This understanding is vital for the development of neural devices because it is becoming even more evident that large, interconnected networks of neurons are required to create create memories and any form of human “thought.” If we want to create technologies that will directly integrate into human neural networks, there must be a full understanding of not just the structure of the network, but also how the network can re-use the same neurons (or, network nodes) with possibly different patterns of activity to perform multiple brain functions or represent different “thoughts” of the mind.

“How memories are made, and recalled” :: :: September 8, 2008 :: [ READ ]

Dr. Michio Kaku Presents a little Neurotechnology

The popular Dr. Michio Kaku presents a documentary exploration of the current advancements of neurotechnology featuring recent research on successes in direct neural implants into the brains of mice.

He also take a moment to ask how far will we go with neurotechnological implants before we become… more (or less?) human. With interviews with Ray KurzweilProf. Rodney BrooksDr. John GranackiProf. Marvin MinskyProf. Susan Greenfield, this is a great 7 minute watch of several important views in neurophilosophy and the coming impact of neurotechnological developments… and the resulting neurorevolution.

Dr. Kaku blatantly reminds us that we must begin address the issues of neurotechnology today, because it will lead to a Brave New World that we cannot yet even imagine.

Broken Neuron Network Re-wires Itself to Compensate for Lost Function

Here at Neuron News we will preach until the End of Days and beyond that it’s all about the network when it comes to fully understanding brain function. This knowledge will thereby lead to someday better understanding how to develop neuron devices that directly interconnect with the brain.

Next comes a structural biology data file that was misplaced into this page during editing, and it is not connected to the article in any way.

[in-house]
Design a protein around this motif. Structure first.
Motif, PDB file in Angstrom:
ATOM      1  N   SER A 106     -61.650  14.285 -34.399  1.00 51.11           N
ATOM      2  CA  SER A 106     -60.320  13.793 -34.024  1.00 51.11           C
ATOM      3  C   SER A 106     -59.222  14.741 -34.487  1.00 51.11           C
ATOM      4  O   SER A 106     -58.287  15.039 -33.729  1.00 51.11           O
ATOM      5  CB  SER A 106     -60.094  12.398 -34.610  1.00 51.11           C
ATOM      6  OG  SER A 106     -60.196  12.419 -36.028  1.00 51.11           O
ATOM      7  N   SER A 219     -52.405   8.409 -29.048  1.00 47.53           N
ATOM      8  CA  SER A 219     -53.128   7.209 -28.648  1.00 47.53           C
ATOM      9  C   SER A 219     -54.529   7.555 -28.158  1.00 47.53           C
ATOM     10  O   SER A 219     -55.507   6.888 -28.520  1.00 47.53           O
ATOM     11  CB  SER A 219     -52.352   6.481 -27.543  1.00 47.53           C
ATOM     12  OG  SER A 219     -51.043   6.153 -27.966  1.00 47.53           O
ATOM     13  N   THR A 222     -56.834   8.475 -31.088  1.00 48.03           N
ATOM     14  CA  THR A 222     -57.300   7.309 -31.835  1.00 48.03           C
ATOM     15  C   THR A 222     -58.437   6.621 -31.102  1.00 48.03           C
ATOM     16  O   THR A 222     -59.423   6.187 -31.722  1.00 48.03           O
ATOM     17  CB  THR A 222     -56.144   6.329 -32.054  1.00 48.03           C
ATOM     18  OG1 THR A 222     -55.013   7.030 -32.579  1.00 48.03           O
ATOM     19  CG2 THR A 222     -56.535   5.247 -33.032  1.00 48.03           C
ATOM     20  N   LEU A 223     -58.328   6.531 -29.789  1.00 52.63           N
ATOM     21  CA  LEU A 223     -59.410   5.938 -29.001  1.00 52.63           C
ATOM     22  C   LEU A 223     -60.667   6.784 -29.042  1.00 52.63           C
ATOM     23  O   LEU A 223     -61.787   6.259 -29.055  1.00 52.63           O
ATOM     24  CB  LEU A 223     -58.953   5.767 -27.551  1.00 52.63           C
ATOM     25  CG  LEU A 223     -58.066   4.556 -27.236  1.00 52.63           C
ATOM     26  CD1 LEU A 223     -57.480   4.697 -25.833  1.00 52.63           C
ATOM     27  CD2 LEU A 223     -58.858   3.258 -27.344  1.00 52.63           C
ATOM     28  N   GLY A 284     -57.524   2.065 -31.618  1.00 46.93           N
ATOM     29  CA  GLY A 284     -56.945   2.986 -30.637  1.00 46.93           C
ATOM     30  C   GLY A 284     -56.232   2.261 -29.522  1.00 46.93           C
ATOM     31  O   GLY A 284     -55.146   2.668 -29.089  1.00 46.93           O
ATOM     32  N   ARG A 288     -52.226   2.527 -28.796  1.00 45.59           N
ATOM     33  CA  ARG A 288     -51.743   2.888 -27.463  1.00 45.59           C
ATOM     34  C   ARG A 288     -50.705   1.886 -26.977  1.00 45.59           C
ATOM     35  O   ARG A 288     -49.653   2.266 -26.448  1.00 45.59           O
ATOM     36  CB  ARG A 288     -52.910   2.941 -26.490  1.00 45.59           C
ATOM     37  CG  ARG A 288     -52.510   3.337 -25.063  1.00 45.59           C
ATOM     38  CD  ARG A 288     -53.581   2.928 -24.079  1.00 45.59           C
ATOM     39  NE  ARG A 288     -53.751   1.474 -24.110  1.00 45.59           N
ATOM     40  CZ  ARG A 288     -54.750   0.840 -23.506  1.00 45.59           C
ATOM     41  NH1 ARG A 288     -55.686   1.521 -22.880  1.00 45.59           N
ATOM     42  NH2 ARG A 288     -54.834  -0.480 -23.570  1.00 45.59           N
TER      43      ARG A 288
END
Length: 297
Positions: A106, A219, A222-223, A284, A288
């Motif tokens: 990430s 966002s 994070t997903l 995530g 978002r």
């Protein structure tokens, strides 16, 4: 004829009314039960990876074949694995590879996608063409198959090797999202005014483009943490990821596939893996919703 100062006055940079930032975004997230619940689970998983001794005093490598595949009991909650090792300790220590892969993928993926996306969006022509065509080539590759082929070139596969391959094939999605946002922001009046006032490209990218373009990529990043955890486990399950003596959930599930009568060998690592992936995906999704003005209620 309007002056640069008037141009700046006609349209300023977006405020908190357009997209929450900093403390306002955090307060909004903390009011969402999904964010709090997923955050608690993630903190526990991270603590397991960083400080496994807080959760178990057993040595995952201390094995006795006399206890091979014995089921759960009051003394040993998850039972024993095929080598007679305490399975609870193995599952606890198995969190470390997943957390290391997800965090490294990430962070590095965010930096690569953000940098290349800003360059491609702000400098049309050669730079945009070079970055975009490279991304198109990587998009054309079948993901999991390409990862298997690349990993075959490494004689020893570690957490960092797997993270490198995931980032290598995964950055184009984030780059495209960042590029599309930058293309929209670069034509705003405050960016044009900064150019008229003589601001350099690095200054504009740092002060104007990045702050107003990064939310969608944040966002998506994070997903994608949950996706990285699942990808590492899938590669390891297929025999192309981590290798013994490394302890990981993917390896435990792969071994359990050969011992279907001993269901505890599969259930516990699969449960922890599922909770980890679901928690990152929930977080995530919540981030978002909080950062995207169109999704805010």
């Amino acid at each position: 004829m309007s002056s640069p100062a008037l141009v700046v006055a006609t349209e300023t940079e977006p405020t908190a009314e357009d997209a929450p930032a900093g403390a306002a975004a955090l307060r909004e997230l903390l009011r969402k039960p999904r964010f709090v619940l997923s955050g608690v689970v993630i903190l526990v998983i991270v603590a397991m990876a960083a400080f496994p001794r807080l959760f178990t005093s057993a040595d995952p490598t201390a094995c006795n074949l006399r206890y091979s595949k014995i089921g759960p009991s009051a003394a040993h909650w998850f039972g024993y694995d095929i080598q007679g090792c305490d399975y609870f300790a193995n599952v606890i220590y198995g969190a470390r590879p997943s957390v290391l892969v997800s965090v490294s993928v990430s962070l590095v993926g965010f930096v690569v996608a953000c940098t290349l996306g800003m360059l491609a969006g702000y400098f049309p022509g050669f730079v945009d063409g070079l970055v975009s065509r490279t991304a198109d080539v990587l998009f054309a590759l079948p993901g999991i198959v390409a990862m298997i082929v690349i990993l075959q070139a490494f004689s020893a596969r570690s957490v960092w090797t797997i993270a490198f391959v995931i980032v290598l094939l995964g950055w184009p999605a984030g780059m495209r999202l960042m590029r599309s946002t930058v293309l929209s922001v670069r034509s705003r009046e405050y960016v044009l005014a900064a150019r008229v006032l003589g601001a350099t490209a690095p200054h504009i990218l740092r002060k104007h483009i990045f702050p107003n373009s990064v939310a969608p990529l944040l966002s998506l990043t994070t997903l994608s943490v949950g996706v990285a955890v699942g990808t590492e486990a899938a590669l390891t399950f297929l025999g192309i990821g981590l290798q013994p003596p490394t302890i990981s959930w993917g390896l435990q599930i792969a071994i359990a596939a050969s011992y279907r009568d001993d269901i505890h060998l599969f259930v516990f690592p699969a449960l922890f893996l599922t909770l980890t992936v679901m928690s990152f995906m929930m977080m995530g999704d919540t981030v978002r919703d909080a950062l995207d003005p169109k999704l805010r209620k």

Researchers at the Max Planck Institute of Neurobiology recently reported on their observations of how versatile and amazing our neuron networks actually are, and how powerful the system really can be when trauma strikes.

After a literal tear in the retina, the research group watched as the remaining neurons, who lost their original network connections, re-wired to other neurons in the system with up to three-times the amount of brand-new interconnectivity. The network compensated for its breakdown, and re-worked itself to attempt to regain new functionality.

The observation of this sort of restructuring activity in an adult brain is extremely exciting for further research into efforts to help patients recover after serious brain injuries. Even more so, this network adaptability is key to understanding how to best design and develop cultured neuron networks in ways that will most likely and most successfully connect with a host brain.

Just throwing a plate of neurons onto a host brain is not quite enough to create a useful and functional neuron device; we must have a deep understanding of how neurons network themselves and how we might tailor the cultured devices to better link in with the brain. If this form of “hyper-networking” is a result of neurons sensing a local trauma, then we might even be able to manipulate stronger, more complex interconnections between device and brain by introducing faux “traumas” in the cultured neuron networks of implanted devices.